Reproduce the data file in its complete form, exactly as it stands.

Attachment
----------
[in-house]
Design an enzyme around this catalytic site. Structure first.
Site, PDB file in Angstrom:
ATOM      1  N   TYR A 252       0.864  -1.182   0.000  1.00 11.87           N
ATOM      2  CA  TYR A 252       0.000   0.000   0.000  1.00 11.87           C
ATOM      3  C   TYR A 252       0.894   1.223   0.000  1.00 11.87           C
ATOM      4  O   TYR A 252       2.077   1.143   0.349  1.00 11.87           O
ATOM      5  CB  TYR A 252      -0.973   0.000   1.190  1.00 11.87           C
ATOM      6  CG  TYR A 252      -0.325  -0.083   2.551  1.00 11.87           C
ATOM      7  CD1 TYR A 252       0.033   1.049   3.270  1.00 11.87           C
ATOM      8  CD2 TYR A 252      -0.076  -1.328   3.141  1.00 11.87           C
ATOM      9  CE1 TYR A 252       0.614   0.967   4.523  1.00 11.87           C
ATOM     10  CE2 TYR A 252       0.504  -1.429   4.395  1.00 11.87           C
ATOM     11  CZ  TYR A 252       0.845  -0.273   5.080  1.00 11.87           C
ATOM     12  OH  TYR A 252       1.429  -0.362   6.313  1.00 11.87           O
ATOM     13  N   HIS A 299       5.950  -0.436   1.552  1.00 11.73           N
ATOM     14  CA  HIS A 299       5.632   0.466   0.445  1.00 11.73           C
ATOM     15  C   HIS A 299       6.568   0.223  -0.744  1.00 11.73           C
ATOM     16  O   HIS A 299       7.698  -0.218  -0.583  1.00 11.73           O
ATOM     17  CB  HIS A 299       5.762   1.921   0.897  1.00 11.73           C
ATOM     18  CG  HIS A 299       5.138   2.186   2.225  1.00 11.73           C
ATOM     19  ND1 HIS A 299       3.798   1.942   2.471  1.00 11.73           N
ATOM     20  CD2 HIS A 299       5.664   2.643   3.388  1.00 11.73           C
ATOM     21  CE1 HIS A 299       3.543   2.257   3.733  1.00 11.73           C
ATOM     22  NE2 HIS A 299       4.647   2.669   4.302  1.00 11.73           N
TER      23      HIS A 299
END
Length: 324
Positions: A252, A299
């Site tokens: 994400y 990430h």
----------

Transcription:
[in-house]
Design an enzyme around this catalytic site. Structure first.
Site, PDB file in Angstrom:
ATOM      1  N   TYR A 252       0.864  -1.182   0.000  1.00 11.87           N
ATOM      2  CA  TYR A 252       0.000   0.000   0.000  1.00 11.87           C
ATOM      3  C   TYR A 252       0.894   1.223   0.000  1.00 11.87           C
ATOM      4  O   TYR A 252       2.077   1.143   0.349  1.00 11.87           O
ATOM      5  CB  TYR A 252      -0.973   0.000   1.190  1.00 11.87           C
ATOM      6  CG  TYR A 252      -0.325  -0.083   2.551  1.00 11.87           C
ATOM      7  CD1 TYR A 252       0.033   1.049   3.270  1.00 11.87           C
ATOM      8  CD2 TYR A 252      -0.076  -1.328   3.141  1.00 11.87           C
ATOM      9  CE1 TYR A 252       0.614   0.967   4.523  1.00 11.87           C
ATOM     10  CE2 TYR A 252       0.504  -1.429   4.395  1.00 11.87           C
ATOM     11  CZ  TYR A 252       0.845  -0.273   5.080  1.00 11.87           C
ATOM     12  OH  TYR A 252       1.429  -0.362   6.313  1.00 11.87           O
ATOM     13  N   HIS A 299       5.950  -0.436   1.552  1.00 11.73           N
ATOM     14  CA  HIS A 299       5.632   0.466   0.445  1.00 11.73           C
ATOM     15  C   HIS A 299       6.568   0.223  -0.744  1.00 11.73           C
ATOM     16  O   HIS A 299       7.698  -0.218  -0.583  1.00 11.73           O
ATOM     17  CB  HIS A 299       5.762   1.921   0.897  1.00 11.73           C
ATOM     18  CG  HIS A 299       5.138   2.186   2.225  1.00 11.73           C
ATOM     19  ND1 HIS A 299       3.798   1.942   2.471  1.00 11.73           N
ATOM     20  CD2 HIS A 299       5.664   2.643   3.388  1.00 11.73           C
ATOM     21  CE1 HIS A 299       3.543   2.257   3.733  1.00 11.73           C
ATOM     22  NE2 HIS A 299       4.647   2.669   4.302  1.00 11.73           N
TER      23      HIS A 299
END
Length: 324
Positions: A252, A299
């Site tokens: 994400y 990430h």